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An Experienced Rookie

New Woman at Weld

NO WRITER ATTRIBUTED

For the first time in the long and glorious history of Radcliffe crew, a woman will be coaching at Weld Boathouse. As the 1977-78 campaign begins to unfold, Carrie Graves is the newest face along the Charles, and she faces a big test as the rookie coach of the Radcliffe heavies. But Graves's background in rowing gives her a stable foundation from which to work. She spent three years at the University of Wisconsin as the stroke and captain of the women's team, a team that has kept Radcliffe company in the national top five rankings for the past few years.

In 1975, Graves stroked the U.S. women's eight to a silver medal in the World Games; in '76, she rowed sixth seat for the U.S. women's Olympic eight, the boat that won a bronze medal.

So Graves is confident that she has the knowledge and reputation to earn the respect of her athletes; her major concern is continuing the successful tradition of Radcliffe crew.

"There's a lot of pressure to do well, especially since I am the first woman coach, and Radcliffe has always done well with men coaches," she said.

In past years, there has been speculation about whether Radcliffe would benefit from having a woman coach. Peter Raymond, Graves's predecessor as the heavyweight skipper, said last spring he thought Radcliffe needed a woman coach because he found it difficult to "deal with some of the problems women athletes experience. Only another woman would understand them," he explained.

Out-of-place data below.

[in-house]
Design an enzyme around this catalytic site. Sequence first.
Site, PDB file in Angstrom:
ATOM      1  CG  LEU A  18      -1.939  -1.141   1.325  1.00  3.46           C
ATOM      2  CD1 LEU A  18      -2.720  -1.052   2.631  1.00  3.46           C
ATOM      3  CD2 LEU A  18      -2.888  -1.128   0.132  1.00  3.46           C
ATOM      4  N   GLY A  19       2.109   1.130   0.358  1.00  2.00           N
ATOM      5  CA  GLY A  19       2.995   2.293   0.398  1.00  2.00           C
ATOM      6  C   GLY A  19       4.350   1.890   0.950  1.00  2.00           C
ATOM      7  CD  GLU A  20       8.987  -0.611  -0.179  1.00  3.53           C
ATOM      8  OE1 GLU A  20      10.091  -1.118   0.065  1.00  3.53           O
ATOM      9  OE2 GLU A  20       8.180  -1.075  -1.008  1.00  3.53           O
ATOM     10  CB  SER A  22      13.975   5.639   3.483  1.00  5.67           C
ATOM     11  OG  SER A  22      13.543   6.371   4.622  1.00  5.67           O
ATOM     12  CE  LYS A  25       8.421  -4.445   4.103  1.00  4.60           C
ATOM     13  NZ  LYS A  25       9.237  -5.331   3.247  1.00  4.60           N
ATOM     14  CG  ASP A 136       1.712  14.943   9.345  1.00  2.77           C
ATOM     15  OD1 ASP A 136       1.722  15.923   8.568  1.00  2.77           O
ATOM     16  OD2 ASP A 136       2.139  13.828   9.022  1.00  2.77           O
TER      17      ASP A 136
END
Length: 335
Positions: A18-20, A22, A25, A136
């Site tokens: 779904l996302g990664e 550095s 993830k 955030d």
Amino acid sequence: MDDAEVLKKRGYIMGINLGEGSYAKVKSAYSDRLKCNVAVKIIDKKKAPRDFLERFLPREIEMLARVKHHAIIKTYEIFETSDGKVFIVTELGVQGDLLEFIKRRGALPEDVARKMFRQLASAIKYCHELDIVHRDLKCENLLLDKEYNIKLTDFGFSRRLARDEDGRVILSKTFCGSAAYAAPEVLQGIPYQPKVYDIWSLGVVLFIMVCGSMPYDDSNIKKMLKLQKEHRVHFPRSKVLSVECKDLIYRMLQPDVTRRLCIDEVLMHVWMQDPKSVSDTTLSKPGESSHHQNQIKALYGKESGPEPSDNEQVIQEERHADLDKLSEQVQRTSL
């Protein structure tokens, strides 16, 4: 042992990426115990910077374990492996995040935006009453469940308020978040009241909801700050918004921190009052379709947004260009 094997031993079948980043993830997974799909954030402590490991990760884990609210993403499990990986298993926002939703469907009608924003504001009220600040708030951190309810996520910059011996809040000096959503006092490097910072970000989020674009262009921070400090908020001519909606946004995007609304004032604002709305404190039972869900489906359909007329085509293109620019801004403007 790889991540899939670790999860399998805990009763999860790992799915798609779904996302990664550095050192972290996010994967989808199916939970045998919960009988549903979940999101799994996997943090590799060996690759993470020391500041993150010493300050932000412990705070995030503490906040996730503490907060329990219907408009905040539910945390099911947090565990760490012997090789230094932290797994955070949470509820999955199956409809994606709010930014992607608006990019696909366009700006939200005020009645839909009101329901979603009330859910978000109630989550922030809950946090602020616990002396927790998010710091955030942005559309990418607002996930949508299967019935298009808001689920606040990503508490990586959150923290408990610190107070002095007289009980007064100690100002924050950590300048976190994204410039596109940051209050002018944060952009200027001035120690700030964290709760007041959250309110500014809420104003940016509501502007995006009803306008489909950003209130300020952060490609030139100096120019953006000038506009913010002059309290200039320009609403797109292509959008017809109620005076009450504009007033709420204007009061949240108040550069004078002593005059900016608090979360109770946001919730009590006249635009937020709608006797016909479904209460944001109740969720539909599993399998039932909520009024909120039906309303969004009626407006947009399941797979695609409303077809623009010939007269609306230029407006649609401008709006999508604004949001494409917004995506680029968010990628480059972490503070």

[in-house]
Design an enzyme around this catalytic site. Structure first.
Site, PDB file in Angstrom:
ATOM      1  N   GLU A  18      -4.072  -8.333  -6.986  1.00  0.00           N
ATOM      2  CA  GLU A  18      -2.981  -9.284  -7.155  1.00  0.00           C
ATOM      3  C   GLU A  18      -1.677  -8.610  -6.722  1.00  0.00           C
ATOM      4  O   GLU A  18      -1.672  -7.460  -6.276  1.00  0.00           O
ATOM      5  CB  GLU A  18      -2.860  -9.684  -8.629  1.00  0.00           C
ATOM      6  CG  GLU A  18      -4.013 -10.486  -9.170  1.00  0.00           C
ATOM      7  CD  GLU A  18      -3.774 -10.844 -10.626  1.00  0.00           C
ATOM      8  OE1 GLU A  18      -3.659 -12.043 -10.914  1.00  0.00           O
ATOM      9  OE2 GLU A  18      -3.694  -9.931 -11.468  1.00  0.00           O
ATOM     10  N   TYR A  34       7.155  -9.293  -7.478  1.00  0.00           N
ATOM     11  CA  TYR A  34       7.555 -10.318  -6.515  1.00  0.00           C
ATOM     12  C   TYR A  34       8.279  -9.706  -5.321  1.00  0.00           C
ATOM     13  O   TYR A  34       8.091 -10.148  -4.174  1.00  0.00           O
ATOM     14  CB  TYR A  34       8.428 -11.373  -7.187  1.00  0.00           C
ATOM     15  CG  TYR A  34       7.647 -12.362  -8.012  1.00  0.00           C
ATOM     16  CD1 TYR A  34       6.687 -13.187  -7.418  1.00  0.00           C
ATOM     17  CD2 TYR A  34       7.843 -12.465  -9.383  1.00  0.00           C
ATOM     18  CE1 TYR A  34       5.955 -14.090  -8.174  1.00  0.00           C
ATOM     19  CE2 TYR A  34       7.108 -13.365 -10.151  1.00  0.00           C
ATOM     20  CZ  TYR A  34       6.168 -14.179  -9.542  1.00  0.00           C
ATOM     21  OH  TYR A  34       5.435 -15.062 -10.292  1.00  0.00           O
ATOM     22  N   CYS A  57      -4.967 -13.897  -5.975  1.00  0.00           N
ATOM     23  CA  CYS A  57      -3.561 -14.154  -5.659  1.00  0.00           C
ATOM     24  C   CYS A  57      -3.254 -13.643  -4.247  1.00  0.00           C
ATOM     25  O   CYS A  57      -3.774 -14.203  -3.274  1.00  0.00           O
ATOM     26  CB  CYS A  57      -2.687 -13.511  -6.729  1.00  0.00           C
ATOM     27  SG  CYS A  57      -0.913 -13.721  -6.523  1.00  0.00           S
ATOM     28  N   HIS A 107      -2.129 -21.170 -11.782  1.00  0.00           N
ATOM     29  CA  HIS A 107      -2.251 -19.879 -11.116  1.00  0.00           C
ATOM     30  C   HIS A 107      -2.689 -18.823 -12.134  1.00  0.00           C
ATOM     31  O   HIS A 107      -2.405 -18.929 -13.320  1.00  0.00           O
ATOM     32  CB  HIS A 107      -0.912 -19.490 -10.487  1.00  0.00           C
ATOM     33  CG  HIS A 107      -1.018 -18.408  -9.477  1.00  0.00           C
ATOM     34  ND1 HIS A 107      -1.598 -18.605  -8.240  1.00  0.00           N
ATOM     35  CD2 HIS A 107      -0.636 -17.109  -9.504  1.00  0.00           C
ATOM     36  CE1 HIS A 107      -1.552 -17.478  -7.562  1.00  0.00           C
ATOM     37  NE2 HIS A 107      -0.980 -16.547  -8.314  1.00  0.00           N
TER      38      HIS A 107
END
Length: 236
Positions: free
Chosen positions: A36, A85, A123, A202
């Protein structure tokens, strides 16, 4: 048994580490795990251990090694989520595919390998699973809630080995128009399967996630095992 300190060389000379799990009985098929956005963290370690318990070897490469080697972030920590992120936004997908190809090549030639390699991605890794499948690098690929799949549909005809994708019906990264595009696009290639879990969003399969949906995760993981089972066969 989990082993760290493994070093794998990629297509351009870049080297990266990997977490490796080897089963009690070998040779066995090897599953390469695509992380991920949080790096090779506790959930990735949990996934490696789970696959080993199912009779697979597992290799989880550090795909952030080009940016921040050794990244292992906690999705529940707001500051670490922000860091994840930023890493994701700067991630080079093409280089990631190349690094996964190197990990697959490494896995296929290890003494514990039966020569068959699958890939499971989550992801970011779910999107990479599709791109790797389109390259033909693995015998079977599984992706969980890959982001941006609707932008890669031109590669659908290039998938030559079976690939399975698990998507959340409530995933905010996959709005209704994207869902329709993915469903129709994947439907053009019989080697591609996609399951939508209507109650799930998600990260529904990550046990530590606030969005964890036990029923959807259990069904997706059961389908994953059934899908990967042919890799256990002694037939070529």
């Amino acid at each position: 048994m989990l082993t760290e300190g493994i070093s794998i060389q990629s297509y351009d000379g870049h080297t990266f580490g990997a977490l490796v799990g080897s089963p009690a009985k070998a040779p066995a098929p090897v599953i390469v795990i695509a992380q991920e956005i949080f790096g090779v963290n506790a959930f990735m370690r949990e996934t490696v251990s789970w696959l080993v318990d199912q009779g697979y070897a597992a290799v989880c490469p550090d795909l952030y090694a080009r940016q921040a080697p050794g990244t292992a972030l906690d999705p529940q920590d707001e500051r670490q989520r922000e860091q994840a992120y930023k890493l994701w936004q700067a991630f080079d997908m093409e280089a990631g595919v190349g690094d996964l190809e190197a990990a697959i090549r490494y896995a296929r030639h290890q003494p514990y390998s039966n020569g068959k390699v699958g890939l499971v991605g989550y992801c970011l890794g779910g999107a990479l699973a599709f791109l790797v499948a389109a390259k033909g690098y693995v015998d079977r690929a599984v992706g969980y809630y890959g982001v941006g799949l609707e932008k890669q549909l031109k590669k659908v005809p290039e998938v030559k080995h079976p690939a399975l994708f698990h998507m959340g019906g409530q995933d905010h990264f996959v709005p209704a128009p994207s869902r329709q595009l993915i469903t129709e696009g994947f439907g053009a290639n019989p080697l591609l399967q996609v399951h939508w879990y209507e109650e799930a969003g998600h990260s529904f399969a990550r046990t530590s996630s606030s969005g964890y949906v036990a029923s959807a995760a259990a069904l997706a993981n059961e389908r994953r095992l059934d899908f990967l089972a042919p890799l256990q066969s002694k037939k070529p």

But Graves initially had her doubts about whether Radcliffe would benefit from a woman coach.

"At first, I thought it might be a negative experience to be coached by a woman, since I had always been coached successfully by a man," she said.

"But now, I think a woman can coach women successfully," Graves added. "I have done it."

Last year, Graves helped coach the Boston University novice women. She also coached the freshman men, a job that helped both her experience and confidence as a coach.

"The men drove themselves especially hard, because I was a woman telling them what to do. Occasionally I'd say they looked pretty out there, and then they'd really go berserk," she said.

But the days of part-time coaching are over for Graves. She now has a full-time program and a group of serious women under her direction.

"There's more money here, more equipment and more time for the coach to spend with the team," she said. "The women are also different from those I knew at Wisconsin--they have a higher quality of competitiveness here."

"The women at Radcliffe are naturally competitive," she said, adding, "They have to be in order to get into the school, and it's easier to teach a competitive person, even a non-athlete, because the motivation is there. You can always build some muscle development."

In taking over Radcliffe's program, Graves said she is trying to make each woman's rowing career a positive experience.

"I want the women to work hard, find their own limits, and enjoy what they are doing," she said. But, she added, the enjoyment may have a lot to do with the won-lost record.

However, that aspect should not be a problem for Carrie Graves and Radcliffe. When asked if she felt her team would do well, she just smiled and confidently replied, "You bet!"

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